what temperature do terpenes cook off?


#1

i use mag stirrer/hot plate for mixing distillate and terps for cartridges. i have been using 90 celsius, but was just told the terps cook off at 75 celsius… now im wondering if im cooking off some of the terps im adding


#2

Has it also been darkening your disty with the terps? I try not to break 65c. I have one terp that will get much darker if you get it too hot towards the end of the batch on the mag stir plate


#3

I do a hot plate temp of 40c and never have terp oxidation problems. I have a hot plate with a probe, I put the probe touch the hot plate so it doesnt over shoot, this has helped me alot


#4

What do you use for a probe?


#5

i think i noticed that it is getting darker.


#6

no probe, just hot plate temp setting.


#7

My guy was told to crank up the heat plate and that happened to the bottom of the jar


#8

My bad @hispeed67 I was replying to @Kingofthekush420 , curious as to what he’s using for a probe as my hotplate stirrer doesn’t tell temp!


#9

If you have your disty at 90, then add your terpenes at that temp, yes some will start to evaporate and convert. There are over 100 known terpenes and flavonoids present in cannabis each of witch have a range of boiling points.
The amount of time the terps are exposed to this high temp will play a factor also. It shouldn’t take too long on a mag stirrer to reach full infusion so work quickly.
Generally if your cooking off terps, the smell is the giveaway.
I’ve decarbed BHO at 90c for 2 hours on a mag stirrer and still retained a good terp profile, only slightly less pungent.
Best of luck


#10

yea, especially if he didn’t have a mag stirrer…


#11

i’ve decarbed at 110 for 20 minutes, doesn’t take long for that bond to break. that was after defatting, when i was purging the solvent.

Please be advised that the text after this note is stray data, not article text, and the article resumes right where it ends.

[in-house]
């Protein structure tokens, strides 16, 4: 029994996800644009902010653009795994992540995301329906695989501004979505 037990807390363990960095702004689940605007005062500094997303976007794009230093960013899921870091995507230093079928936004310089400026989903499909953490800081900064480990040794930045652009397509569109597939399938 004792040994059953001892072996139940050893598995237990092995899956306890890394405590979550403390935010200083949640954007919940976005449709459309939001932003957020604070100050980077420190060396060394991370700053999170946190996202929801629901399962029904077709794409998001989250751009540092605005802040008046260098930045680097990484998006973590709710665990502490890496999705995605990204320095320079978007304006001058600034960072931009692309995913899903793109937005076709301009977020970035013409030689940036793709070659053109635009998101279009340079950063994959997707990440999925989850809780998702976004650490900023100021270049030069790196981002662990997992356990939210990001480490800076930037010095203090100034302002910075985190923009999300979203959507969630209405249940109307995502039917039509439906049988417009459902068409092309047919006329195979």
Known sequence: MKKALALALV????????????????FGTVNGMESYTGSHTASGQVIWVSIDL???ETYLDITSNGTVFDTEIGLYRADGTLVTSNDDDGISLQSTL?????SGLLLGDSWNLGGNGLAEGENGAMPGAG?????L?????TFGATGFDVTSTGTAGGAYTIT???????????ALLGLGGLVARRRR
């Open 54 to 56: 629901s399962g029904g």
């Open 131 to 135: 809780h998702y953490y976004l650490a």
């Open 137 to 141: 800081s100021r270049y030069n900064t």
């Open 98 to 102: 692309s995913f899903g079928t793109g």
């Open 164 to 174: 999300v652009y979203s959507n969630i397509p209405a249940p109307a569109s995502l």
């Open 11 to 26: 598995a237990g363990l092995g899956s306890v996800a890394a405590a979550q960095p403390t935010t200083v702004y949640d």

#12

I’m implying it was a heated mag stir plate. That’s just a lot to write.


#13

first terpene to boil off is at 119 centrigrade. β-caryophyllene. http://vaporizertemp.com/components-cannabis-terpene-boiling-points-effects/


#14

I wonder what those number are under vacuum? I’ve never taken my oven over 118f. My oil in my vacuum pump reeks of terpenes.


#15

That’s not right, it’s all over the net, but a bicyclic sesquiterpene isn’t going to be the lowest boiling when there are monoterpenes. In fact, carophyllene (oxide) is one of the last things left in stale weed, and used to be used to train hashish detection dogs thus. It boiling point may be 262–264 °C (504–507 °F; 535–537 K), I found that it elsewhere on the internet, so it may be wrong


#16

Agreed, in my research Guiaol seemed to have one of the lowest if not the lowest bp’s out of all the terpenes.


#17

Trans caryophyllene boils off at 120~ f. And terpenes evaporate along with having a boiling point. They will eventually “dry” out.


#18

264 to 266° F at 14 mm Hg (NTP, 1992)

Pubchem lists this as the bp . Have you actually distilled caryophylene at 120 F?

National Center for Biotechnology Information. PubChem Compound Database; CID=5281515, https://pubchem.ncbi.nlm.nih.gov/compound/5281515 (accessed Feb. 5, 2019).

It’s mass is so high I just have trouble believing underground sources when logic and scientific resources are in conflict. I totally believe you if you have isolated it as a known pure compound by distillation at that temperature, but what sesquiterpenoid boils so low? A hydrocarbon with a MW pf 204 and elemental analysis of C15H24 is going to boil In the range of something like pinene MW 134 C10H16?

Edited typo and grammer


#19

I was totally looking at centigrade not Fahrenheit. My bad, I got that mixed up.


#20

messes with my head when ppl. do that… :wink: